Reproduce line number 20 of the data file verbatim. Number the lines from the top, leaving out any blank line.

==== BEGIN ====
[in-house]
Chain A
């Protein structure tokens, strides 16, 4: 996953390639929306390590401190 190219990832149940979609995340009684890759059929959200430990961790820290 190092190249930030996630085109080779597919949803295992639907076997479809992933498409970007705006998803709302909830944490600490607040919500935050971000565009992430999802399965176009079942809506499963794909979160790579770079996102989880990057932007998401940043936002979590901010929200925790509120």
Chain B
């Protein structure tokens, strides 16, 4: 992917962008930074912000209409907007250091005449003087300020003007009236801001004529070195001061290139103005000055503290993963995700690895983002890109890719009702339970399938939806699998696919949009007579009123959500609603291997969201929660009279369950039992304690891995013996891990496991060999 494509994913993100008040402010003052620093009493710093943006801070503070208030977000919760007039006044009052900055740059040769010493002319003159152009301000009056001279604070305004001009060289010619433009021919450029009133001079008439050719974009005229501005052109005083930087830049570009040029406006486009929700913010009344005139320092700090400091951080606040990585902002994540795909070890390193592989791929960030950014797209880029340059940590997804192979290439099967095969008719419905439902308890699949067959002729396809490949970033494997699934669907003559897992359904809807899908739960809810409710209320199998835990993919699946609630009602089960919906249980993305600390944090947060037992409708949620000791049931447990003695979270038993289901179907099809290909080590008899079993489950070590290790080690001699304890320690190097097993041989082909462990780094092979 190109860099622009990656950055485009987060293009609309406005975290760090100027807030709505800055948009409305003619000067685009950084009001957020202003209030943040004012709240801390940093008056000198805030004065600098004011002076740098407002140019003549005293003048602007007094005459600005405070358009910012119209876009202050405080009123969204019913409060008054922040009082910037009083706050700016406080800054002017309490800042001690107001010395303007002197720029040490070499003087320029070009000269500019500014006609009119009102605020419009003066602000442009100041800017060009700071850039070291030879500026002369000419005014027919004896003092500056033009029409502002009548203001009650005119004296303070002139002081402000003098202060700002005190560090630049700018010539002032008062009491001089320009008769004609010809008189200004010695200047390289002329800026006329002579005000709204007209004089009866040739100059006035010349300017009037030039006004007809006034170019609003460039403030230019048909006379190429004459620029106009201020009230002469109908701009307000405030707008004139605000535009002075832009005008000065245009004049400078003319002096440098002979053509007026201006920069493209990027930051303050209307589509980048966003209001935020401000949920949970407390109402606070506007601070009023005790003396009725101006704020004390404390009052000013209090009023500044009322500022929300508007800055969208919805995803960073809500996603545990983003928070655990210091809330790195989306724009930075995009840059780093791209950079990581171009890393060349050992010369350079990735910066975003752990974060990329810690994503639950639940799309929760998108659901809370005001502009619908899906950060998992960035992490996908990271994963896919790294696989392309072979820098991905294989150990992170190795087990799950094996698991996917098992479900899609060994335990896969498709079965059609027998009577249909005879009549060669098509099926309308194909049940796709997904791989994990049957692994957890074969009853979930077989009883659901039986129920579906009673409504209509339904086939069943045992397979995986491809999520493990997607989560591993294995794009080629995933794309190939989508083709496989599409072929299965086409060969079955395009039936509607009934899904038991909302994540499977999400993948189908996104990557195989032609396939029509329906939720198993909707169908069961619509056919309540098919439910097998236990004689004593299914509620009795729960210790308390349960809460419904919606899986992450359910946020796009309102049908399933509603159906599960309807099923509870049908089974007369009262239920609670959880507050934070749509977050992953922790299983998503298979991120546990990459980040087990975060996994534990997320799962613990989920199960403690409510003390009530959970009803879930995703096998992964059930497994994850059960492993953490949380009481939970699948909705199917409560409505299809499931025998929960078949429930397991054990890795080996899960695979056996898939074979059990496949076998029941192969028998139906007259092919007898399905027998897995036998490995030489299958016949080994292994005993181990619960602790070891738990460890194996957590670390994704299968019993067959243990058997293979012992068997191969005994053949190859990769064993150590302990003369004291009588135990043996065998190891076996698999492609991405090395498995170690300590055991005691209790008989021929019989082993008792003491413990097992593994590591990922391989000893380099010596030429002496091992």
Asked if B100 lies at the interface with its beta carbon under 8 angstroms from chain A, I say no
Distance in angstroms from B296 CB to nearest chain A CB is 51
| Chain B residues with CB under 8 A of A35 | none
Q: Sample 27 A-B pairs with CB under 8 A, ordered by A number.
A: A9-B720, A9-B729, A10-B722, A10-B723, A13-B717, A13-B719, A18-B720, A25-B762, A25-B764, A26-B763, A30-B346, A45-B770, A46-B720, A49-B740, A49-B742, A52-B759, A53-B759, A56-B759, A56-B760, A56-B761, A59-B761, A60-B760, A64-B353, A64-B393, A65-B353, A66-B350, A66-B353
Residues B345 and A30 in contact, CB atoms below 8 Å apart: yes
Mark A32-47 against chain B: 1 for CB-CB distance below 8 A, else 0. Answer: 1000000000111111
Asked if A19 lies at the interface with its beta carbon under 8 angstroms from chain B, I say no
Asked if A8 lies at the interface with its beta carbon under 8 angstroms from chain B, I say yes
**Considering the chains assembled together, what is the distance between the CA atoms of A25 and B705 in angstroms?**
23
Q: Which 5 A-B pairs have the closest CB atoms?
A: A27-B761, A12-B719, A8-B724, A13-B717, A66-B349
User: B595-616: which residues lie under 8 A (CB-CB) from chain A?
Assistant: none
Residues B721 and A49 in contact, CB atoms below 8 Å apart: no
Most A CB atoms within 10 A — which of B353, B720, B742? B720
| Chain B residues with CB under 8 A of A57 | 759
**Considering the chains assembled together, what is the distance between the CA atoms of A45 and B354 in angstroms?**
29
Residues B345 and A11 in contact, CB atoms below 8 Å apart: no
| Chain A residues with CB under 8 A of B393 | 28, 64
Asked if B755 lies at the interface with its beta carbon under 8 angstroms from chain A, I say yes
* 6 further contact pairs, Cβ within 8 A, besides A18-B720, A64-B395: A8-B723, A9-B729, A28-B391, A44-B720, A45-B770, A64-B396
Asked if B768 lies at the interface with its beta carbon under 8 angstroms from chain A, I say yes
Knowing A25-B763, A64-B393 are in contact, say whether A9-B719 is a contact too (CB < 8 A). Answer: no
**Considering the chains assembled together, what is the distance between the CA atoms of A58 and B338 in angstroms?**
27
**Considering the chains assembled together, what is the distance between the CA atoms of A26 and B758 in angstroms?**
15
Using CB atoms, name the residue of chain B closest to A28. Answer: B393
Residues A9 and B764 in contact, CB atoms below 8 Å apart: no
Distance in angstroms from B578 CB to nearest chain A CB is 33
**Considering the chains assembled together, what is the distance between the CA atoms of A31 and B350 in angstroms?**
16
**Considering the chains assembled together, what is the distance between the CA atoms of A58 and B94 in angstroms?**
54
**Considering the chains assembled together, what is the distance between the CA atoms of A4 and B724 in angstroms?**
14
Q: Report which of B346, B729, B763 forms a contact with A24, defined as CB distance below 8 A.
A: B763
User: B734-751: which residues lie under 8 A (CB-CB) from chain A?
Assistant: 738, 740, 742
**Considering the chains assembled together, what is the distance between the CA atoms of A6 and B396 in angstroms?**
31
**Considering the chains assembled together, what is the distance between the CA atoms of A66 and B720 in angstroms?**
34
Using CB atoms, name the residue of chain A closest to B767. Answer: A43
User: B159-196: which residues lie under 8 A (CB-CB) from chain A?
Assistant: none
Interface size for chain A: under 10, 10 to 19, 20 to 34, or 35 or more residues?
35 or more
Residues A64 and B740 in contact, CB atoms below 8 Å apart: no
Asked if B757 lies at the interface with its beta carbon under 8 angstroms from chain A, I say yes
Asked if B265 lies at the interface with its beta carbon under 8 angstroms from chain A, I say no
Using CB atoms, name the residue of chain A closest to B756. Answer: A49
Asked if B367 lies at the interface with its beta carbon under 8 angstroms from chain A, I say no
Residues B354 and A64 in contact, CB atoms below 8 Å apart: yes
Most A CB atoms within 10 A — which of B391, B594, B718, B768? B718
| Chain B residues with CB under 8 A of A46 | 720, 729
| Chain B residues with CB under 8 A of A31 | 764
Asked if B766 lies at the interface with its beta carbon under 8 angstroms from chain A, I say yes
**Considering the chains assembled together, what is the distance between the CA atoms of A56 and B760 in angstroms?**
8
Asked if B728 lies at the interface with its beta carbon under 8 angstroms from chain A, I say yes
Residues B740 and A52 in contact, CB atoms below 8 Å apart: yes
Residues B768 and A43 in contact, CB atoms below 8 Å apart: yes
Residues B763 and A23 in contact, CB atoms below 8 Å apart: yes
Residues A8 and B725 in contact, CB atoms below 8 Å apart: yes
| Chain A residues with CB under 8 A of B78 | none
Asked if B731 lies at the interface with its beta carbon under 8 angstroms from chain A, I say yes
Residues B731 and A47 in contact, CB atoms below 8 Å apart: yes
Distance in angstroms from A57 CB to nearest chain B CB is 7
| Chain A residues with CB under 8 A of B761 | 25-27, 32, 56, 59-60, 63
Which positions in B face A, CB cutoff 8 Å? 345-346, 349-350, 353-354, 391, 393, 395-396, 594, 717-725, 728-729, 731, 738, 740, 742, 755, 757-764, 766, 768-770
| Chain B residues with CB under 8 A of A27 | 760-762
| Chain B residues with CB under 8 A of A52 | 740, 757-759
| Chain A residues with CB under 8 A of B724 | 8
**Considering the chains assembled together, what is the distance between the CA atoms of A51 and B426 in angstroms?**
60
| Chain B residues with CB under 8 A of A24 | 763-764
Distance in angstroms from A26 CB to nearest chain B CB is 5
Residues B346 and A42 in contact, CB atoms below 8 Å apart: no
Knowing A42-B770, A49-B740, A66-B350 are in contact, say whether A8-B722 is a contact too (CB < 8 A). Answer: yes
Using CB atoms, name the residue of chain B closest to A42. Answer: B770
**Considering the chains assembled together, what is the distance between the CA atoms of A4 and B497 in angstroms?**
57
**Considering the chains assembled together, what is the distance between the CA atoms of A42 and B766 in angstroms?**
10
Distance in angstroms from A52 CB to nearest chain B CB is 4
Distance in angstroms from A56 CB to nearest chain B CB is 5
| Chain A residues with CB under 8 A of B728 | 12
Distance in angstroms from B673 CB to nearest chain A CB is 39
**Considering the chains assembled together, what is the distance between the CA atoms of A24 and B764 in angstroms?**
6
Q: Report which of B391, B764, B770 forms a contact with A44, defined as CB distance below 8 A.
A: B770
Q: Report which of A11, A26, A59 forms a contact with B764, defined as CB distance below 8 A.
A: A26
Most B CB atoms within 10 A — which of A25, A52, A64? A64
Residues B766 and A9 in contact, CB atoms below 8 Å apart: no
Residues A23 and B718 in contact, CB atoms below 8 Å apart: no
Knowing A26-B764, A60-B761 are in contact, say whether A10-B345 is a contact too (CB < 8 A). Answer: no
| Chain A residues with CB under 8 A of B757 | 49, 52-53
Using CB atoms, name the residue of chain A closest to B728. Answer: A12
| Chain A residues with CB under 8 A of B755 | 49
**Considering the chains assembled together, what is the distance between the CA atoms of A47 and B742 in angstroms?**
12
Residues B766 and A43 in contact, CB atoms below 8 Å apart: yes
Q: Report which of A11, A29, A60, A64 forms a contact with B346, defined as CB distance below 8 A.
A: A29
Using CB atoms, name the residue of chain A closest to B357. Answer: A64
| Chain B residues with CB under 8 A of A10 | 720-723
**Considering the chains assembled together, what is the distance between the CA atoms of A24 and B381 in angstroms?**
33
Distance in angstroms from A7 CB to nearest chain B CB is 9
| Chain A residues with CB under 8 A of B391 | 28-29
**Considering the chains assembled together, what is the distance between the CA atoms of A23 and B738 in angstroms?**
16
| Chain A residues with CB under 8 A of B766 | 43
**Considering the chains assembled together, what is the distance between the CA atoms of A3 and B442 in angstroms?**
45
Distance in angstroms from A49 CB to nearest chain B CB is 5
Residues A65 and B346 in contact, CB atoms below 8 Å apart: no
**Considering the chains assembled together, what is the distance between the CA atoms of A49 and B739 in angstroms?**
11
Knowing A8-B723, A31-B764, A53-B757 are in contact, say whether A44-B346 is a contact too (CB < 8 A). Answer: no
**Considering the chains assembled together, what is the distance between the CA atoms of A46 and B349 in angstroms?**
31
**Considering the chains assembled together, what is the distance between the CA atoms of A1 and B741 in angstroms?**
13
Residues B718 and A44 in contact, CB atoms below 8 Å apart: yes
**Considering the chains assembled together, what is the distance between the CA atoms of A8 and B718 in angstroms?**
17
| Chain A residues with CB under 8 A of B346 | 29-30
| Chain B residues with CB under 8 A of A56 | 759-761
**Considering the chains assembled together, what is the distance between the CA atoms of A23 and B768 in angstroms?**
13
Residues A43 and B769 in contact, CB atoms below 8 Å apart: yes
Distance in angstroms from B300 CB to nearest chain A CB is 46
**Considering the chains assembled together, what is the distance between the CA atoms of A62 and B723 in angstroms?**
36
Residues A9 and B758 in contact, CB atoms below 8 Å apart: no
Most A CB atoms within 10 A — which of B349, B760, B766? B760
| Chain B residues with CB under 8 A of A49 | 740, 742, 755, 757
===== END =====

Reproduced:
Assistant: none